The sea buckthorn is extremely hardy and easy to care for, but to help this plant stay healthy, it is good to be mindful of a few things.

Water and fertilisation of sea buckthorn

Sea buckthorn is extremely drought-tolerant, so there is no need to get out the watering can or garden hose for this shrub! Although there is one exception: potted sea buckthorn may need a little watering during hot summers, as potting soil tends to dry out quickly. Make sure to avoid waterlogging as the plant is sensitive to this.

Sea buckthorn is also undemanding when it comes to food, as it can cover its own nitrogen requirement and mostly fertilises itself – keep this in mind when planting. Young sea buckthorns, on the other hand, do not fertilise themselves very well, so use a good potting compost or a slow-release fertiliser like our Plantura Flower Food to help the young plant get a good start. Potted sea buckthorns also need fertiliser more often due to the limited soil and nutrient supply. If you cannot work the fertiliser into the surface, simply soak the pellets in water for a few hours, stir and then pour into the pot. Finally, cover the whole thing with a thin layer of bark mulch.

Healthy sea buckthorn plant with green leaves and orange berries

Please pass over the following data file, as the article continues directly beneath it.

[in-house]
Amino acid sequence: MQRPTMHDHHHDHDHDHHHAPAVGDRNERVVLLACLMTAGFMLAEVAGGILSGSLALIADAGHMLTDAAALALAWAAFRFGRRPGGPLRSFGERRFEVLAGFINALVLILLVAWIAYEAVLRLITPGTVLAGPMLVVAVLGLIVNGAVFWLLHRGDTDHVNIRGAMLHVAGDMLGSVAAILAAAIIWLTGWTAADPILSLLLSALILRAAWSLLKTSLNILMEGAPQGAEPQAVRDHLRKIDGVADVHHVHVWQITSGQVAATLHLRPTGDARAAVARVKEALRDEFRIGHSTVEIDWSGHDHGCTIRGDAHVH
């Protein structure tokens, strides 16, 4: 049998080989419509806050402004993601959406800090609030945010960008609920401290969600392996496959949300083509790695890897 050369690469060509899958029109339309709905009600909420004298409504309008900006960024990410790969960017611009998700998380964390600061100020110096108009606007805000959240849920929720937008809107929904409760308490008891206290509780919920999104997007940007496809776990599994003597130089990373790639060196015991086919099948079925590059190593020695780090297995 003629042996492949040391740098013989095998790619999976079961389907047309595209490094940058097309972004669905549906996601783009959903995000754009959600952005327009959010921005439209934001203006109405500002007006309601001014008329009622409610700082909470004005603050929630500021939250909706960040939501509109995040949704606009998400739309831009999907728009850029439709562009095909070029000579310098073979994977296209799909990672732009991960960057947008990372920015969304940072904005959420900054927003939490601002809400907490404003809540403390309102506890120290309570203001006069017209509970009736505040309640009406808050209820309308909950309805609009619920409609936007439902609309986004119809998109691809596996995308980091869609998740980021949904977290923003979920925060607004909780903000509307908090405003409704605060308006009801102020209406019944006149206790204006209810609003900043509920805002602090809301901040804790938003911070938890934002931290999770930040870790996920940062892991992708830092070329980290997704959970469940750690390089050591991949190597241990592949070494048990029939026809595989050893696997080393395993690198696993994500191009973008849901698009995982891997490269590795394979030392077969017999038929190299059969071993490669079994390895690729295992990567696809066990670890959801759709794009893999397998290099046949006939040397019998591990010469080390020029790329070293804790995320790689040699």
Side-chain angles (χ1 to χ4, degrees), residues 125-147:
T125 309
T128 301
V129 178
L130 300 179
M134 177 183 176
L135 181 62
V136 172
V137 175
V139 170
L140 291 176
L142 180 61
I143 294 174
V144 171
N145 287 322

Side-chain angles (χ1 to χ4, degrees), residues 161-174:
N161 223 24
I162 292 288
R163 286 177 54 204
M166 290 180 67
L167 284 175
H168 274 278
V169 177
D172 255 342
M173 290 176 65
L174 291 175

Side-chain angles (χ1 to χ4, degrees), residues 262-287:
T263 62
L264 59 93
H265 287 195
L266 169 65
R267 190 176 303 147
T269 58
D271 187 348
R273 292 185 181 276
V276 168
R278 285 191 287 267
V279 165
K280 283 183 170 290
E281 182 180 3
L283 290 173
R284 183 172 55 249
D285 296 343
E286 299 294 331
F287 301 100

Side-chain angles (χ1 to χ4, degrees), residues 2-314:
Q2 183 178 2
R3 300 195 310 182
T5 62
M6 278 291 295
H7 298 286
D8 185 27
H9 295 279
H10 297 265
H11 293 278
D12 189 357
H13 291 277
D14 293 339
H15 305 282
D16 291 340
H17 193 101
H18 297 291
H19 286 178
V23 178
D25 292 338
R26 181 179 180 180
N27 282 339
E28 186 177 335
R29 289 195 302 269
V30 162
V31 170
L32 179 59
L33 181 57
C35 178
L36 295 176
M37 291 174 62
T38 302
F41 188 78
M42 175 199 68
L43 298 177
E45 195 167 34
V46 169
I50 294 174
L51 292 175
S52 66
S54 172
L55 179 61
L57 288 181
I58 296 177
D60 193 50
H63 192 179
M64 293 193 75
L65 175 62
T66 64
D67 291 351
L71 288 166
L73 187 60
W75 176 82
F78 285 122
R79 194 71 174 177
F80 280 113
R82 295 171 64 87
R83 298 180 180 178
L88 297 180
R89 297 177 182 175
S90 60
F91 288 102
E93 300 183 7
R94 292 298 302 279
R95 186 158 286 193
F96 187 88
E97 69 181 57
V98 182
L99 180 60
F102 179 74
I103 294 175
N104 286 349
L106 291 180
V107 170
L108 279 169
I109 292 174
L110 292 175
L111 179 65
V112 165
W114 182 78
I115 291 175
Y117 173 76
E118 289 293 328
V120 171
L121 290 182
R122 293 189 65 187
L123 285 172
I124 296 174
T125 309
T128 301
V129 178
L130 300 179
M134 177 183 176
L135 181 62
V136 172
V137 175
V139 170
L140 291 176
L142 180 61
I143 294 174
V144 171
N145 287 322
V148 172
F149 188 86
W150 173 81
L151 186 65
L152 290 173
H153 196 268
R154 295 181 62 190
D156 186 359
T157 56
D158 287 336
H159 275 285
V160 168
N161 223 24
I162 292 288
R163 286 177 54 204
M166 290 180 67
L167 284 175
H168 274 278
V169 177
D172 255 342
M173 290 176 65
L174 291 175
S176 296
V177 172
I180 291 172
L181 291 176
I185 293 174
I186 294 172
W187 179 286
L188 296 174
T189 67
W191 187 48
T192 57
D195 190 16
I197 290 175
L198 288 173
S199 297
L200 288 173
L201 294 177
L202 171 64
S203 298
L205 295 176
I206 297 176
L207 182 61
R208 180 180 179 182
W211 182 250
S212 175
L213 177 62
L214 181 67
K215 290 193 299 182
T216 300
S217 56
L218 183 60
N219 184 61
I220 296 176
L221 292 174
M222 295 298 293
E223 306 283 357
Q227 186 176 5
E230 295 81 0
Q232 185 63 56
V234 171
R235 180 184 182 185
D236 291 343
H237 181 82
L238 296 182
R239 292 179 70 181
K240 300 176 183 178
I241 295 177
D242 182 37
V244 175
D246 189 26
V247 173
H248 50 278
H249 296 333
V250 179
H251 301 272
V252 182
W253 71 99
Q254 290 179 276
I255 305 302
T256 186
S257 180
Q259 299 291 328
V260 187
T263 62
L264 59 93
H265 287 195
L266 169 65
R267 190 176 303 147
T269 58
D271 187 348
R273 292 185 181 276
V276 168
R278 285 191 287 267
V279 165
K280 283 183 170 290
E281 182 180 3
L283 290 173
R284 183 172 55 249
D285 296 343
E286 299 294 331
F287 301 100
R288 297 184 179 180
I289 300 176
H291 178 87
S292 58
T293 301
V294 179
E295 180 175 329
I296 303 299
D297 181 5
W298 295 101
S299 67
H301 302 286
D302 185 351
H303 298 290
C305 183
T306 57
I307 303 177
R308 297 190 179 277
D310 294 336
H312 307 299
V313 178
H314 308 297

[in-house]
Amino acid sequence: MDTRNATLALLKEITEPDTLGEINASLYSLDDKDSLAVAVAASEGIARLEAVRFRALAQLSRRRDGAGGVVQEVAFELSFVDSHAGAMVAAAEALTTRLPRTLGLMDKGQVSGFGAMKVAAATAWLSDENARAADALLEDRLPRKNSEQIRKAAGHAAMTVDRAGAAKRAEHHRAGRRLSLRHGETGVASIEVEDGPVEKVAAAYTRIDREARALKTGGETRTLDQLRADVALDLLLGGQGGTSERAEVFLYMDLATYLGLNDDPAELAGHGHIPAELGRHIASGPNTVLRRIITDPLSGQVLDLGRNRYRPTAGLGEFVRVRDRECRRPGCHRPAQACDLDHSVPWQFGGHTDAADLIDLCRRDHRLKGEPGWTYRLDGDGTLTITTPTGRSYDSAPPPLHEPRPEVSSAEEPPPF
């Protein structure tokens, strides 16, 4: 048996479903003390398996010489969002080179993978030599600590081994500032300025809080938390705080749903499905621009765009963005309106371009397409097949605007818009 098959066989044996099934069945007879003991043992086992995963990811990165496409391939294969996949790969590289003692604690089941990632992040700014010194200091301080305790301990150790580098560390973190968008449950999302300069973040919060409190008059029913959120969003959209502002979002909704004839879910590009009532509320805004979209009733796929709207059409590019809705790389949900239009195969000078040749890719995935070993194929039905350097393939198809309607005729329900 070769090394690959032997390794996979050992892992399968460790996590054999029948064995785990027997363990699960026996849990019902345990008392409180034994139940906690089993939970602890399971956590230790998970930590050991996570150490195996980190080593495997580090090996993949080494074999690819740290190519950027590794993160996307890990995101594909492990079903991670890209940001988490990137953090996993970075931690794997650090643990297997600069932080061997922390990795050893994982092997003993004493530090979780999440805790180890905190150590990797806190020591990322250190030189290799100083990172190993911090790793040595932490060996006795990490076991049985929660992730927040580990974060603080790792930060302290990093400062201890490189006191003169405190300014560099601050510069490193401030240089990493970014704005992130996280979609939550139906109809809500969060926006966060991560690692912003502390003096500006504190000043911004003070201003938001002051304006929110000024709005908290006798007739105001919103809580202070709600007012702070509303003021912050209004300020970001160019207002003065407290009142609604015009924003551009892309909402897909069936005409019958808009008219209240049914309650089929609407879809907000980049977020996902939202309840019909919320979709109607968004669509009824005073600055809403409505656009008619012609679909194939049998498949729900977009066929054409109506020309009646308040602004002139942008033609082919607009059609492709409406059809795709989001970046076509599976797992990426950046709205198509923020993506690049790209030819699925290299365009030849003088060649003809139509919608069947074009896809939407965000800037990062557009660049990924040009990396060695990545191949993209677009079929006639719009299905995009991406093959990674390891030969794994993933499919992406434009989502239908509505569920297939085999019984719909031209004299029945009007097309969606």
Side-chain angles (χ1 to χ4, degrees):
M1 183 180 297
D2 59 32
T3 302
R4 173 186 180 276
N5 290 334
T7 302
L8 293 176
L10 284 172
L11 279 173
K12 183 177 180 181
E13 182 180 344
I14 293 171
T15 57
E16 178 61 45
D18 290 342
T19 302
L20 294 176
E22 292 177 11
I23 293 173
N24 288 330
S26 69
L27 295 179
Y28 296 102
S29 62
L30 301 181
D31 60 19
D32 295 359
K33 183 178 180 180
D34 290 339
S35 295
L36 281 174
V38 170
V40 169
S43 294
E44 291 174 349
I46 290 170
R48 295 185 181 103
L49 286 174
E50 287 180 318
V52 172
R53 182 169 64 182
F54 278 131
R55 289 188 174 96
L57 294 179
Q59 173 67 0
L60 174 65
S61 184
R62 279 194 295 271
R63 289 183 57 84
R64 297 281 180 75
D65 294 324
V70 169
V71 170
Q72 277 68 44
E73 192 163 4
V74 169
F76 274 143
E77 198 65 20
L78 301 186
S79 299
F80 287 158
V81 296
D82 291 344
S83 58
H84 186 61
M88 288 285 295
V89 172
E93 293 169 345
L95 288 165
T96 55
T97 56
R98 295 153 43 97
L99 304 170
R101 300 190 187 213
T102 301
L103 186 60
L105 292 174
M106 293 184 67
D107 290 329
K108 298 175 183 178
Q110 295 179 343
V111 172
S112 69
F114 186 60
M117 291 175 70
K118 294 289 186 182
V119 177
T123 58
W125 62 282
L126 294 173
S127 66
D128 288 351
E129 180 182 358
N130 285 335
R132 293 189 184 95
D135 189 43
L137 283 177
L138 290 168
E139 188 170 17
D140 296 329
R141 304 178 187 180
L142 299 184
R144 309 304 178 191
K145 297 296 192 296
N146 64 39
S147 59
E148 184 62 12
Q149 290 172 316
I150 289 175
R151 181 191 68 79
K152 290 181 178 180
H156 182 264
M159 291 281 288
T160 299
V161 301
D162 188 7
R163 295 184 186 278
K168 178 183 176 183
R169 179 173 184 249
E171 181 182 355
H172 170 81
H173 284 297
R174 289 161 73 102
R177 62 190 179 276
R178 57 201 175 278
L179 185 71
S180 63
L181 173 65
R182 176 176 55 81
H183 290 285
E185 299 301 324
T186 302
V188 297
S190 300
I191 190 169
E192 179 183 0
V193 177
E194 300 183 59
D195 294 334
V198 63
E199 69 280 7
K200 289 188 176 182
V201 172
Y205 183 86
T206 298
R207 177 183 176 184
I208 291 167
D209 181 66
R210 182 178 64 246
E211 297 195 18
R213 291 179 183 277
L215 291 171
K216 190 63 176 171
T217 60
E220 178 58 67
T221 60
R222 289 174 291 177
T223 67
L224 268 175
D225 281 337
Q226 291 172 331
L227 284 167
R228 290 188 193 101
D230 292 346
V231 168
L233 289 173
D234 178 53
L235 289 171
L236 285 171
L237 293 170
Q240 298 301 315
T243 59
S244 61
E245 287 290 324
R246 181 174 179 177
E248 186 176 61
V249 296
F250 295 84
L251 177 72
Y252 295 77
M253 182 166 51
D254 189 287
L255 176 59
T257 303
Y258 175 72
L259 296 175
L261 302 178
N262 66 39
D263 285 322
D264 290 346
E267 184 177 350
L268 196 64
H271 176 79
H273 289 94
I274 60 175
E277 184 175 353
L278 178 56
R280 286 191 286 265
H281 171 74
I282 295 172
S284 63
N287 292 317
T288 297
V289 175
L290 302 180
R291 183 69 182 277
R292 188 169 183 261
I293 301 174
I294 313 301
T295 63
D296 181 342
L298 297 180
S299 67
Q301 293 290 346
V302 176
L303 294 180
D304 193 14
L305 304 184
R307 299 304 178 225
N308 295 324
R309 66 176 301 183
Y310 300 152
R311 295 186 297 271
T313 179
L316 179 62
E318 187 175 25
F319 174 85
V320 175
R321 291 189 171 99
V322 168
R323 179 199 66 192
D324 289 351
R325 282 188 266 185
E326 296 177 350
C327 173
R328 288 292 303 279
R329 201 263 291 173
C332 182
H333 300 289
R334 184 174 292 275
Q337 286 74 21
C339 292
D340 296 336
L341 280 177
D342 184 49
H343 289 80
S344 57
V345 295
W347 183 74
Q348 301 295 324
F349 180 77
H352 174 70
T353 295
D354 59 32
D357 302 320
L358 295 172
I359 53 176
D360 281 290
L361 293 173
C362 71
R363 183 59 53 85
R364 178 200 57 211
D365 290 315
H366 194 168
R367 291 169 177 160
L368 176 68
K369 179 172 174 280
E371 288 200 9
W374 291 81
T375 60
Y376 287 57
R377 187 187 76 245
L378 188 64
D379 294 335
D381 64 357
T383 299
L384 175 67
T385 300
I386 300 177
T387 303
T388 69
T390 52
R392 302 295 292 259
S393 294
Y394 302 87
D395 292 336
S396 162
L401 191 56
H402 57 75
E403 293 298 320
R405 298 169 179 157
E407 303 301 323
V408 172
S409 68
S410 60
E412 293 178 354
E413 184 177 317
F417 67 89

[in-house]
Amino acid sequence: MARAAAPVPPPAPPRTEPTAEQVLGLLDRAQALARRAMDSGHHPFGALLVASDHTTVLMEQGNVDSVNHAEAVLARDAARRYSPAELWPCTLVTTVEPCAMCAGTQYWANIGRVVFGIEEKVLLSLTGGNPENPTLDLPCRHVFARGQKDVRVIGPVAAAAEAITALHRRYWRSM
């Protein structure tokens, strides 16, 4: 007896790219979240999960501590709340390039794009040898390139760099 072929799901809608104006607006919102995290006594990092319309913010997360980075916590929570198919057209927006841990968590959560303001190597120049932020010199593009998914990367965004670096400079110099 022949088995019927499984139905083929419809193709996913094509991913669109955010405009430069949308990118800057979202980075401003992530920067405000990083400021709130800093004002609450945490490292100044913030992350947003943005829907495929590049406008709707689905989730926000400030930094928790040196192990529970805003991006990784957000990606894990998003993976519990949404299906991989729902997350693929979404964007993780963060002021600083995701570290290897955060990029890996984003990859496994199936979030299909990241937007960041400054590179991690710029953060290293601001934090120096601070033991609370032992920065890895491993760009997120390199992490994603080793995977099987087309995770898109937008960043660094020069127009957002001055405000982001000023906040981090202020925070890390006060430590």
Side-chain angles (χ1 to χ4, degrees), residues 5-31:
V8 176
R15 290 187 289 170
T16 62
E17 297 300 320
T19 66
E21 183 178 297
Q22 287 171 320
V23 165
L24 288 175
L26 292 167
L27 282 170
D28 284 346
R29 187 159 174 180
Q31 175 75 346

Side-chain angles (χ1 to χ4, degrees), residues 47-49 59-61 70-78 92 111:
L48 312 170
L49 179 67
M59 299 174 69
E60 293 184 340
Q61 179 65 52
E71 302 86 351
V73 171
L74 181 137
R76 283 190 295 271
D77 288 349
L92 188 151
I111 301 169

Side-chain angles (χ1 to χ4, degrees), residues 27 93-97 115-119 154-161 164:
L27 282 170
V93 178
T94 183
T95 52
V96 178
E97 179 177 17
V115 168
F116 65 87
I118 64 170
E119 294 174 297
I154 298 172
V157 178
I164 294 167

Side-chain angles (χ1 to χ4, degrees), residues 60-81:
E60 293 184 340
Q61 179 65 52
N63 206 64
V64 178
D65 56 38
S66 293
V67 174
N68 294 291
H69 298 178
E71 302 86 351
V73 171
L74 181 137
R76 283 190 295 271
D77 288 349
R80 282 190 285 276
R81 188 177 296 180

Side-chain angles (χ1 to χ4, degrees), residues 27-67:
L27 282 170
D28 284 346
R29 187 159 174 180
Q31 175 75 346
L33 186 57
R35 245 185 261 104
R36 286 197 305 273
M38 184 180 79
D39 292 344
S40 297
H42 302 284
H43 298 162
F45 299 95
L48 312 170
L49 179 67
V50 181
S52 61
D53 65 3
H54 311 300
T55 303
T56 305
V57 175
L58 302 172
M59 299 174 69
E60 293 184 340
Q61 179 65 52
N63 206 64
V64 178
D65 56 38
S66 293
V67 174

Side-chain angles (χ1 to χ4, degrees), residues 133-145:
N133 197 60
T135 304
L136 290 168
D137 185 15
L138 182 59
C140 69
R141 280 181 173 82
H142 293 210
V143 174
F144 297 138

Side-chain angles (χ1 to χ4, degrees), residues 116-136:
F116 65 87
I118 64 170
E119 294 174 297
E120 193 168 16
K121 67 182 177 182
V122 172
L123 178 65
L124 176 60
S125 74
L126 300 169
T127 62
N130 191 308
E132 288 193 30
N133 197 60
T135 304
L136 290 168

Sea buckthorn is very low-maintenance [Photo: Eugene PLISHKIN/ Shutterstock.com]

Pruning sea buckthorn

For an abundant harvest of berries, pruning sea buckthorn regularly is essential. Of course, additional pruning is not necessary if the branches are cut with the fruit when harvesting. In both cases though, it is best not to prune young sea buckthorn shoots, because they will provide next year’s flowers and fruits.

If the branches are not cut with the fruit when harvesting, make sure to prune your female sea buckthorn during its first year planted in your garden and afterward every other year in late winter. Male sea buckthorn varieties can grow for three to four years without ever being cut, but when you do decide to prune it, cut no more than half the shoots so that there is enough pollen for the next season. If your sea buckthorn is growing too densely, you can always thin it out and remove dead branches; doing so will ensure that the innermost parts of the shrubs receive enough light. As always, wear gloves to avoid injury when pruning and harvesting.

Tip: If you have two or more female plants, prune them in alternating years – this will maximize your annual harvest!

Long sea buckthorn branches with lots of orange berries
Sea buckthorn needs to be pruned regularly [Photo: giedre vaitekune/ Shutterstock.com]

Pruning sea buckthorn: recap

  • Wear gloves
  • Prune in late winter, before flowering begins
  • Prune female varieties every 2 years, and male varieties every 3 to 4 years
  • Cut back old shoots to the roots, do not cut young shoots